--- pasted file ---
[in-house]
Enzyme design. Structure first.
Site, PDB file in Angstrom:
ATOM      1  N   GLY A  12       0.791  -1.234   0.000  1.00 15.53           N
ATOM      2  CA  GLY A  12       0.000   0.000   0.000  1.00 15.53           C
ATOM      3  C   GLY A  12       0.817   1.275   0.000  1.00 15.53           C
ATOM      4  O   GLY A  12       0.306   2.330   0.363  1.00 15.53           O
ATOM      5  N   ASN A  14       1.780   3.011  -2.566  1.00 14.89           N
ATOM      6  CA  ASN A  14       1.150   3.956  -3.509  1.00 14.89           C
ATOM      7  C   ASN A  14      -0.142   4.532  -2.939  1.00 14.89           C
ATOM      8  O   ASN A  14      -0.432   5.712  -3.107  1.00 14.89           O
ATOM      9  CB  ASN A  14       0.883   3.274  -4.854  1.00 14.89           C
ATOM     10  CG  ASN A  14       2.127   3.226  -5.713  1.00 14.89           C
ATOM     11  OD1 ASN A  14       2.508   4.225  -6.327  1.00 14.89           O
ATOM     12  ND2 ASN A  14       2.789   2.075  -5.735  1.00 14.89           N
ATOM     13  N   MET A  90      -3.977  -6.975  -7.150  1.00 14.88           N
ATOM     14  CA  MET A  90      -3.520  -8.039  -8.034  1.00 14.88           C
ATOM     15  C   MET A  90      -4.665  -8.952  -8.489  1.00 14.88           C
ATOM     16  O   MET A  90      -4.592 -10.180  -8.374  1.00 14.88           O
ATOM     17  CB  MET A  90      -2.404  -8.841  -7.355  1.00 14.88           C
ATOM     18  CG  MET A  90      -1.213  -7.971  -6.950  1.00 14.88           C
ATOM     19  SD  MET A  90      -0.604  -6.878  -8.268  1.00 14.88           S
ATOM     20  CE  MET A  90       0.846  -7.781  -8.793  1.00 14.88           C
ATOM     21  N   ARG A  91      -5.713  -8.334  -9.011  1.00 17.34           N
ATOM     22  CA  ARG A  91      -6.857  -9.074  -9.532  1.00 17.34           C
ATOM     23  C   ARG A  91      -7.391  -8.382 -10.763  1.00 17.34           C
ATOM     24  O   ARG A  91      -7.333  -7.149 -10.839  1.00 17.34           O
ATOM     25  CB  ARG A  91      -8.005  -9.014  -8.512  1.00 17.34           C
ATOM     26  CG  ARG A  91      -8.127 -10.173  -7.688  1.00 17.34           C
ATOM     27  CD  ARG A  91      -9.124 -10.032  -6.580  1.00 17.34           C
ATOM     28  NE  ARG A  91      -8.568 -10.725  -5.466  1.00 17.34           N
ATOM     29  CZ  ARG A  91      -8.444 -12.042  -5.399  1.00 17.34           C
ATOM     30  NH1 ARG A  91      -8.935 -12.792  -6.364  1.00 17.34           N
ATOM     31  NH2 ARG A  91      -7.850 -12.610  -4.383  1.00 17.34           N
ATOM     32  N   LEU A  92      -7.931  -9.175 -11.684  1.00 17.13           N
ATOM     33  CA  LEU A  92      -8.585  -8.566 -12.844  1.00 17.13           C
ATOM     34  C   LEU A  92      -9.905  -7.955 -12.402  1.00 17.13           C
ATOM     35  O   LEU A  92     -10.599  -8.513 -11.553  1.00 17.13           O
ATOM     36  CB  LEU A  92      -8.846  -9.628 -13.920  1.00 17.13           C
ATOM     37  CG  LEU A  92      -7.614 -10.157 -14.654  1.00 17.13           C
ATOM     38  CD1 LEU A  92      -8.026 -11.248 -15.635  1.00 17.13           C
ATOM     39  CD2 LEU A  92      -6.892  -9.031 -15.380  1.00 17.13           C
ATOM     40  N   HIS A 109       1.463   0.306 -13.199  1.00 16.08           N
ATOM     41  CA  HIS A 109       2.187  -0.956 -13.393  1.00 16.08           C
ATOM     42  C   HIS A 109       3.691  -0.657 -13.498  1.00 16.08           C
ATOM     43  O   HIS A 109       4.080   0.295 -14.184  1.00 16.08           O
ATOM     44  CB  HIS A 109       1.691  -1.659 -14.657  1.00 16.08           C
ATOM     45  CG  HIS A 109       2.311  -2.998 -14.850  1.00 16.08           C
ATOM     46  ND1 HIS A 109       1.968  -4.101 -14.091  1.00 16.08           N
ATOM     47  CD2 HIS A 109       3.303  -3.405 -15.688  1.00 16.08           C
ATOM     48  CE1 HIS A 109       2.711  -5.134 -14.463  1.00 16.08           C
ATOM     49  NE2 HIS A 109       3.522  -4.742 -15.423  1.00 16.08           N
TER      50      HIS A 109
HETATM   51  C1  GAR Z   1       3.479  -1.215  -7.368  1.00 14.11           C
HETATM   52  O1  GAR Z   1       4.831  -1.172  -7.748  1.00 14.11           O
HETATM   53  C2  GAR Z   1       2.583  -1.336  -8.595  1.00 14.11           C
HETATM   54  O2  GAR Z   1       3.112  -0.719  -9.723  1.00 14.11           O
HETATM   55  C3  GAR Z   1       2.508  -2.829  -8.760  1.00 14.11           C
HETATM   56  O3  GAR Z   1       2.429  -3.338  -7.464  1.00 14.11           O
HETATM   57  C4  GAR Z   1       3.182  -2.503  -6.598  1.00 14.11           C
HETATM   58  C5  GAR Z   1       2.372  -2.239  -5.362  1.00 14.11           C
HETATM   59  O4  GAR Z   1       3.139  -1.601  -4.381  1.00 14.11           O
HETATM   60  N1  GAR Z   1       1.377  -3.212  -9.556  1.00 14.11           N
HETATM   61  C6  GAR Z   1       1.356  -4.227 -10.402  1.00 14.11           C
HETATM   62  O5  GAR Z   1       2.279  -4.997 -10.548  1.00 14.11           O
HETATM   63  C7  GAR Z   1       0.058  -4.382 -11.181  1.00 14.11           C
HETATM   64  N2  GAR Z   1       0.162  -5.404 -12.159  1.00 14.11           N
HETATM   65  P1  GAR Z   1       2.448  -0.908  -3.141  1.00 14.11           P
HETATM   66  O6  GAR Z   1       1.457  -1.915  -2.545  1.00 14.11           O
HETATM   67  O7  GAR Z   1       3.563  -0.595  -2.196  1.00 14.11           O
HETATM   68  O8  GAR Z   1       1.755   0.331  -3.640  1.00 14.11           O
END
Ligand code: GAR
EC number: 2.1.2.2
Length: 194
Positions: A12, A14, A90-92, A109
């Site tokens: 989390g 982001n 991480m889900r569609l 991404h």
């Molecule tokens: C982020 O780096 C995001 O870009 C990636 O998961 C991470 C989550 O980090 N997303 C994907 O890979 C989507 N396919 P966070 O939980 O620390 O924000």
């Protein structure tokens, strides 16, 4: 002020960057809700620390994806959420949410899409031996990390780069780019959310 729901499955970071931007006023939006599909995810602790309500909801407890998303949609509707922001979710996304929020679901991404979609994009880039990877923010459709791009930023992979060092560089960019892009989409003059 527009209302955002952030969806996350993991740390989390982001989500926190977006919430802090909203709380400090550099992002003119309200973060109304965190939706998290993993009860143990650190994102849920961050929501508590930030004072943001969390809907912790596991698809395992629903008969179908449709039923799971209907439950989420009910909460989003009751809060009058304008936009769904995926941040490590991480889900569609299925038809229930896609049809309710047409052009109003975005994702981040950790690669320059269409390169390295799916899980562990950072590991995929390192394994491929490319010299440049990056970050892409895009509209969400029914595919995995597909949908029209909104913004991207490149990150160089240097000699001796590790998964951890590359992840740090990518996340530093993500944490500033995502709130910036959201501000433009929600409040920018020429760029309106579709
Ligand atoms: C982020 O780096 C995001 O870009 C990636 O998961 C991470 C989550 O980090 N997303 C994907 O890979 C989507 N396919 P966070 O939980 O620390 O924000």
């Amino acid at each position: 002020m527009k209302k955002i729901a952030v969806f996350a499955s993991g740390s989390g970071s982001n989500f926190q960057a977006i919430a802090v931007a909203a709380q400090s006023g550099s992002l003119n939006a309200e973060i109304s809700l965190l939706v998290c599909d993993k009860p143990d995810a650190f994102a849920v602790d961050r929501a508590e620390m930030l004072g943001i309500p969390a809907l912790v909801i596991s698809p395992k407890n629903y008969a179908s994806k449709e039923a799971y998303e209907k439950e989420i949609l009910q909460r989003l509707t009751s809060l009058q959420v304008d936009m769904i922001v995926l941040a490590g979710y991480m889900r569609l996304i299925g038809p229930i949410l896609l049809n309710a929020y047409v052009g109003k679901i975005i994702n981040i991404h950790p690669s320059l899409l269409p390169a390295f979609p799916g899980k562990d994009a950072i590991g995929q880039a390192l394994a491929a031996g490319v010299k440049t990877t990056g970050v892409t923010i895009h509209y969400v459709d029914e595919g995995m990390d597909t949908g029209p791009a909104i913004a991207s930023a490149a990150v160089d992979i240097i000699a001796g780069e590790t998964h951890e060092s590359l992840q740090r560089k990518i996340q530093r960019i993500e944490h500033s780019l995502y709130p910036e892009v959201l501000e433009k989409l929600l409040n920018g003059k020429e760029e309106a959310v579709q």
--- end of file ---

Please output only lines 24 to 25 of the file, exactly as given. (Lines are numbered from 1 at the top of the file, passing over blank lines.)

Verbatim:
ATOM     21  N   ARG A  91      -5.713  -8.334  -9.011  1.00 17.34           N
ATOM     22  CA  ARG A  91      -6.857  -9.074  -9.532  1.00 17.34           C